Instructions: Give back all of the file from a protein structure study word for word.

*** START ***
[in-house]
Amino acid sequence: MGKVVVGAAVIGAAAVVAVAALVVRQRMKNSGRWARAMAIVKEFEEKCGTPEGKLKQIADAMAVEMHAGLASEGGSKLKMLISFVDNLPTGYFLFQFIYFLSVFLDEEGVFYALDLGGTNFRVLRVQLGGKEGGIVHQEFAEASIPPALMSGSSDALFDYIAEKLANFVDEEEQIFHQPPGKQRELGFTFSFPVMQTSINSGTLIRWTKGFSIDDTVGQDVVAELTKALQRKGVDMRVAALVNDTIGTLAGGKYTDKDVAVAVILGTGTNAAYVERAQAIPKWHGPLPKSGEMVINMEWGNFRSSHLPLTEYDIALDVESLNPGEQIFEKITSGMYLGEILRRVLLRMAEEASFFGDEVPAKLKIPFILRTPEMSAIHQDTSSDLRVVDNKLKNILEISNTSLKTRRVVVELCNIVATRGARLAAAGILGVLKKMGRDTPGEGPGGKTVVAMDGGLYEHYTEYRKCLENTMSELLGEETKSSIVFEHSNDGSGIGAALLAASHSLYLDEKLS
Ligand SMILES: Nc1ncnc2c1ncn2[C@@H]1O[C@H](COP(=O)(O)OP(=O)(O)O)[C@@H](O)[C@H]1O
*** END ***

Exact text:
[in-house]
Amino acid sequence: MGKVVVGAAVIGAAAVVAVAALVVRQRMKNSGRWARAMAIVKEFEEKCGTPEGKLKQIADAMAVEMHAGLASEGGSKLKMLISFVDNLPTGYFLFQFIYFLSVFLDEEGVFYALDLGGTNFRVLRVQLGGKEGGIVHQEFAEASIPPALMSGSSDALFDYIAEKLANFVDEEEQIFHQPPGKQRELGFTFSFPVMQTSINSGTLIRWTKGFSIDDTVGQDVVAELTKALQRKGVDMRVAALVNDTIGTLAGGKYTDKDVAVAVILGTGTNAAYVERAQAIPKWHGPLPKSGEMVINMEWGNFRSSHLPLTEYDIALDVESLNPGEQIFEKITSGMYLGEILRRVLLRMAEEASFFGDEVPAKLKIPFILRTPEMSAIHQDTSSDLRVVDNKLKNILEISNTSLKTRRVVVELCNIVATRGARLAAAGILGVLKKMGRDTPGEGPGGKTVVAMDGGLYEHYTEYRKCLENTMSELLGEETKSSIVFEHSNDGSGIGAALLAASHSLYLDEKLS
Ligand SMILES: Nc1ncnc2c1ncn2[C@@H]1O[C@H](COP(=O)(O)OP(=O)(O)O)[C@@H](O)[C@H]1O